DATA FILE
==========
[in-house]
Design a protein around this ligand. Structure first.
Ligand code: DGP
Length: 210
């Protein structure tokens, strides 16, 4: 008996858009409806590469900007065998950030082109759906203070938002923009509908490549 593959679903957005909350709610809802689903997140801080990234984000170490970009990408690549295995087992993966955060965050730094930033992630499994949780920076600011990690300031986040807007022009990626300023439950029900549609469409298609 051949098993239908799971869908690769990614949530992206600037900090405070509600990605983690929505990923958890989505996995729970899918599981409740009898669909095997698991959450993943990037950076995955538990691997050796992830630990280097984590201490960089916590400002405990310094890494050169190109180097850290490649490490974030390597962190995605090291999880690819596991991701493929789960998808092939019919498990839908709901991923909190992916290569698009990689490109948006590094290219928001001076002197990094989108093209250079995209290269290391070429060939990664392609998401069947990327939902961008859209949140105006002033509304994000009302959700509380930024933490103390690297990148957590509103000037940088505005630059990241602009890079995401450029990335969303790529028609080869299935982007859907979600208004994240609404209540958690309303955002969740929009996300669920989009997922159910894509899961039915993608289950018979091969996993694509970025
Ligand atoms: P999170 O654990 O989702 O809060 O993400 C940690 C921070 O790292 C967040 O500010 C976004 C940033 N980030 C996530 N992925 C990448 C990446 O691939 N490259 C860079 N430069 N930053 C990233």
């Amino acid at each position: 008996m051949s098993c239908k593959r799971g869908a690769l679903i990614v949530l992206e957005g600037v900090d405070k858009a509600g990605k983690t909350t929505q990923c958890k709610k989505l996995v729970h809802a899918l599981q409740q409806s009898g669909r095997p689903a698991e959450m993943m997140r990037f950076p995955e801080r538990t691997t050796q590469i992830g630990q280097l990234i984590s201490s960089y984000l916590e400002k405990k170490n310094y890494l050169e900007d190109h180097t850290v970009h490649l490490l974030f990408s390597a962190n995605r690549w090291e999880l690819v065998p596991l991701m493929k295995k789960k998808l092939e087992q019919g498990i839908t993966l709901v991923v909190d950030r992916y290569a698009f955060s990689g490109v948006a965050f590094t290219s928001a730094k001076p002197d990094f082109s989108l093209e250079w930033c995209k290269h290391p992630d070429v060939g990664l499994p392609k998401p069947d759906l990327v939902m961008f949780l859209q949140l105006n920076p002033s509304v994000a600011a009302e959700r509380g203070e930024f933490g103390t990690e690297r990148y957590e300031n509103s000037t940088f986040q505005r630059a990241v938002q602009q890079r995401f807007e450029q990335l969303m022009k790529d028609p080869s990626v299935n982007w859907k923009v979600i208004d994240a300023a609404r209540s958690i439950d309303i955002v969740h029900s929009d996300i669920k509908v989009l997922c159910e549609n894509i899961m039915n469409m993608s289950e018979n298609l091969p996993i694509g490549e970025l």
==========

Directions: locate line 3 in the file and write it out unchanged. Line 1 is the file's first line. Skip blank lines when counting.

Ligand code: DGP